N2 - Background: Active learning strategies were used to shift student attitudes and behaviours about learning and teaching in a research intensive Faculty of Pharmacy and Pharmaceutical Sciences at a large Australian University. Principles and active learning strategies were developed and tested in discrete content sections during the pilot phase, and then implemented for all students in first and second year units the following two years. Method: The impact of the approach on student perceptions of active learning, attendance in face-to-face classes and performance in exams were evaluated. Results: The majority of students perceived that active learning improved their understanding of content, developed skills in critical thinking and communication, and corrected misconceptions. Nevertheless, 53% of students felt they “learnt better” in traditional lectures than with active learning during the pilot phase. After strategies to improve student understanding of the generic skill benefit of active learning were implemented, this proportion fell to 34% in year one of implementation and 15% in year two. Students who reported that they “learnt better in traditional lectures” valued clear content presentation, whilst students who disagreed with this statement valued communication and critical thinking skills development and problem solving. Student attendance was 73% higher in active learning units than untransformed units during the implementation phase. Conclusion: The use of a coordinated and strategic approach to implement active learning led to positive changes in student attitudes to their learning and associated behaviours.

AB - Background: Active learning strategies were used to shift student attitudes and behaviours about learning and teaching in a research intensive Faculty of Pharmacy and Pharmaceutical Sciences at a large Australian University. Principles and active learning strategies were developed and tested in discrete content sections during the pilot phase, and then implemented for all students in first and second year units the following two years. Method: The impact of the approach on student perceptions of active learning, attendance in face-to-face classes and performance in exams were evaluated. Results: The majority of students perceived that active learning improved their understanding of content, developed skills in critical thinking and communication, and corrected misconceptions. Nevertheless, 53% of students felt they “learnt better” in traditional lectures than with active learning during the pilot phase. After strategies to improve student understanding of the generic skill benefit of active learning were implemented, this proportion fell to 34% in year one of implementation and 15% in year two. Students who reported that they “learnt better in traditional lectures” valued clear content presentation, whilst students who disagreed with this statement valued communication and critical thinking skills development and problem solving. Student attendance was 73% higher in active learning units than untransformed units during the implementation phase. Conclusion: The use of a coordinated and strategic approach to implement active learning led to positive changes in student attitudes to their learning and associated behaviours.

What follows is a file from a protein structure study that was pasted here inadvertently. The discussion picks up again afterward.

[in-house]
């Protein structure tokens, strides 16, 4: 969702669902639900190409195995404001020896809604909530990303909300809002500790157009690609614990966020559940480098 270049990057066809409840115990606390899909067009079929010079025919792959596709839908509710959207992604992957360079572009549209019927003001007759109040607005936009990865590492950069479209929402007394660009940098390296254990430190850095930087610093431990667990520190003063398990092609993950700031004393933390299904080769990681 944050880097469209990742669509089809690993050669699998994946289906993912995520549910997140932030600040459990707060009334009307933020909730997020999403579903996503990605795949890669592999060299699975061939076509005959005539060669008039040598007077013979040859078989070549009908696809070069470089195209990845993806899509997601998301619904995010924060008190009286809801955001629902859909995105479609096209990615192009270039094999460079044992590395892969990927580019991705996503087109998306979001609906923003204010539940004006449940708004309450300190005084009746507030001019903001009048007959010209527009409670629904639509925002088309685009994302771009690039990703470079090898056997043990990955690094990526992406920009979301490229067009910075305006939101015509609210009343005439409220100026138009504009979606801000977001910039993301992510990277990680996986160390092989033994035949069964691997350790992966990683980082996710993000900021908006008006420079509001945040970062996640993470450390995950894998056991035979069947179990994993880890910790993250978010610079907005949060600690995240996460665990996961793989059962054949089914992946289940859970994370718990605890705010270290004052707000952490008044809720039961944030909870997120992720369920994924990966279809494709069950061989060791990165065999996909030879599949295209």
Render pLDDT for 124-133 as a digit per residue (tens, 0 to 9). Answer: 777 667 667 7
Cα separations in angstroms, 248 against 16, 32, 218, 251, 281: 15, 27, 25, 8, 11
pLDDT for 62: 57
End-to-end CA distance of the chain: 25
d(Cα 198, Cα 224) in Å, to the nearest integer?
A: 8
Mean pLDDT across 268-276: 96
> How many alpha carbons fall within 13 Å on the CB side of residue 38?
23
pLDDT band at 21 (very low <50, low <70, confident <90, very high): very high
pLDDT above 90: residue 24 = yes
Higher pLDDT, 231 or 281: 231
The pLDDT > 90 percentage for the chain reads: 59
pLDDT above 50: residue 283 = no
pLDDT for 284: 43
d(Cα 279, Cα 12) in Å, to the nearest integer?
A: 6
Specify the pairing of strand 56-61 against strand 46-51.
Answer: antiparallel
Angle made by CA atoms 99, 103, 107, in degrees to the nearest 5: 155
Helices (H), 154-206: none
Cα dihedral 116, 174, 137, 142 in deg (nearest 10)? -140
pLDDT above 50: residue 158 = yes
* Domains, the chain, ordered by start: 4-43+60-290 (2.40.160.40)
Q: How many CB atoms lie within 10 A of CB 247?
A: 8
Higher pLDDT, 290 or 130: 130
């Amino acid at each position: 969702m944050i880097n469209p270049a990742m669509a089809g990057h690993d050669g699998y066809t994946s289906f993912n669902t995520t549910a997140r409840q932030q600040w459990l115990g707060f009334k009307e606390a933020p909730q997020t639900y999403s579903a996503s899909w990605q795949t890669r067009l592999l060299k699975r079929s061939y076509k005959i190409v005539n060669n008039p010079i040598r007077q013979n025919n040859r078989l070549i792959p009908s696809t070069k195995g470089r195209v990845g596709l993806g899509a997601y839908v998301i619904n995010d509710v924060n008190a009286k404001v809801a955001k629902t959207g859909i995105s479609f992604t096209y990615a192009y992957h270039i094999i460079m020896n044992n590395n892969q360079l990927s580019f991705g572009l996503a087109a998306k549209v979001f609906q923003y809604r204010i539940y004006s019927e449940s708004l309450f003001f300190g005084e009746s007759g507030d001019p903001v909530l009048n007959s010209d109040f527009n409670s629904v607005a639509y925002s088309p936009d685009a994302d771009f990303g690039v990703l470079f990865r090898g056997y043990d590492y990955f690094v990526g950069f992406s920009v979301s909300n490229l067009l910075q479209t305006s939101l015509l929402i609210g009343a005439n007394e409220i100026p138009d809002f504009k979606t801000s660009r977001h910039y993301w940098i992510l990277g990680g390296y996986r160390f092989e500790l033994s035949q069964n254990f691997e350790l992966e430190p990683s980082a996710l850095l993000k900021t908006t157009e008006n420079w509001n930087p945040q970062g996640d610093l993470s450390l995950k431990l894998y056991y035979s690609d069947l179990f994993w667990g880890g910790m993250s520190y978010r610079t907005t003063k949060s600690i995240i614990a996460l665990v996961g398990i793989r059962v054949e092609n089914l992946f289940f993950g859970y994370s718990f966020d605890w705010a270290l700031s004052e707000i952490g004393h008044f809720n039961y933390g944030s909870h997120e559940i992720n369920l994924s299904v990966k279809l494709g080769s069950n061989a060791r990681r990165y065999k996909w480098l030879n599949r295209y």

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KW - Attendance

KW - Engagement

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KW - Student perception

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JO - Pharmacy Education

JF - Pharmacy Education